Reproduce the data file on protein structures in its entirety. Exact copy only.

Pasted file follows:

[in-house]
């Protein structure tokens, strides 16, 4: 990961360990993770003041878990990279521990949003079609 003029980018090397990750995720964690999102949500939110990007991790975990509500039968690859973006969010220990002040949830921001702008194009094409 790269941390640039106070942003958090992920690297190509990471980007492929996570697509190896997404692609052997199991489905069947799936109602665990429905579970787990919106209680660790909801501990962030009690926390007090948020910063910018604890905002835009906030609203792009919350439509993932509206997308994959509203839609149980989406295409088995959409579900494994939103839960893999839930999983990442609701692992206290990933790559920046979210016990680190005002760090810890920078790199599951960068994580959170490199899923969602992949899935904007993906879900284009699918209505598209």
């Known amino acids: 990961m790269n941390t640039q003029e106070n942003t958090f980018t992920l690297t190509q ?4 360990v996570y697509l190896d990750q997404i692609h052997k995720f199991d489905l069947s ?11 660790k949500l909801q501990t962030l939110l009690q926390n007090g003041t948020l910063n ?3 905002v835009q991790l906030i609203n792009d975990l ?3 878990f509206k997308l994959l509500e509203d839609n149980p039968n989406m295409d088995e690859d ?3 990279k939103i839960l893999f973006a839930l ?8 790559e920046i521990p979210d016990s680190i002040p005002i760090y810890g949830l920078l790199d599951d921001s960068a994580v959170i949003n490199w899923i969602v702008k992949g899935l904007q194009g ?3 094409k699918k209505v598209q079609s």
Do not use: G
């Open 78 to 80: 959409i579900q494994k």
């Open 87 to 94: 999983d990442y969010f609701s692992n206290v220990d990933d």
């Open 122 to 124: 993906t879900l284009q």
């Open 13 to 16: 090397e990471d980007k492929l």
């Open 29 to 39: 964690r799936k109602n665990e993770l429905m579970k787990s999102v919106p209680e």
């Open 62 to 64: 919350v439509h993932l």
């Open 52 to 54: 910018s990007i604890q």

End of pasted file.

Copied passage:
[in-house]
């Protein structure tokens, strides 16, 4: 990961360990993770003041878990990279521990949003079609 003029980018090397990750995720964690999102949500939110990007991790975990509500039968690859973006969010220990002040949830921001702008194009094409 790269941390640039106070942003958090992920690297190509990471980007492929996570697509190896997404692609052997199991489905069947799936109602665990429905579970787990919106209680660790909801501990962030009690926390007090948020910063910018604890905002835009906030609203792009919350439509993932509206997308994959509203839609149980989406295409088995959409579900494994939103839960893999839930999983990442609701692992206290990933790559920046979210016990680190005002760090810890920078790199599951960068994580959170490199899923969602992949899935904007993906879900284009699918209505598209």
């Known amino acids: 990961m790269n941390t640039q003029e106070n942003t958090f980018t992920l690297t190509q ?4 360990v996570y697509l190896d990750q997404i692609h052997k995720f199991d489905l069947s ?11 660790k949500l909801q501990t962030l939110l009690q926390n007090g003041t948020l910063n ?3 905002v835009q991790l906030i609203n792009d975990l ?3 878990f509206k997308l994959l509500e509203d839609n149980p039968n989406m295409d088995e690859d ?3 990279k939103i839960l893999f973006a839930l ?8 790559e920046i521990p979210d016990s680190i002040p005002i760090y810890g949830l920078l790199d599951d921001s960068a994580v959170i949003n490199w899923i969602v702008k992949g899935l904007q194009g ?3 094409k699918k209505v598209q079609s």
Do not use: G
């Open 78 to 80: 959409i579900q494994k």
């Open 87 to 94: 999983d990442y969010f609701s692992n206290v220990d990933d």
């Open 122 to 124: 993906t879900l284009q």
């Open 13 to 16: 090397e990471d980007k492929l």
């Open 29 to 39: 964690r799936k109602n665990e993770l429905m579970k787990s999102v919106p209680e």
């Open 62 to 64: 919350v439509h993932l």
């Open 52 to 54: 910018s990007i604890q």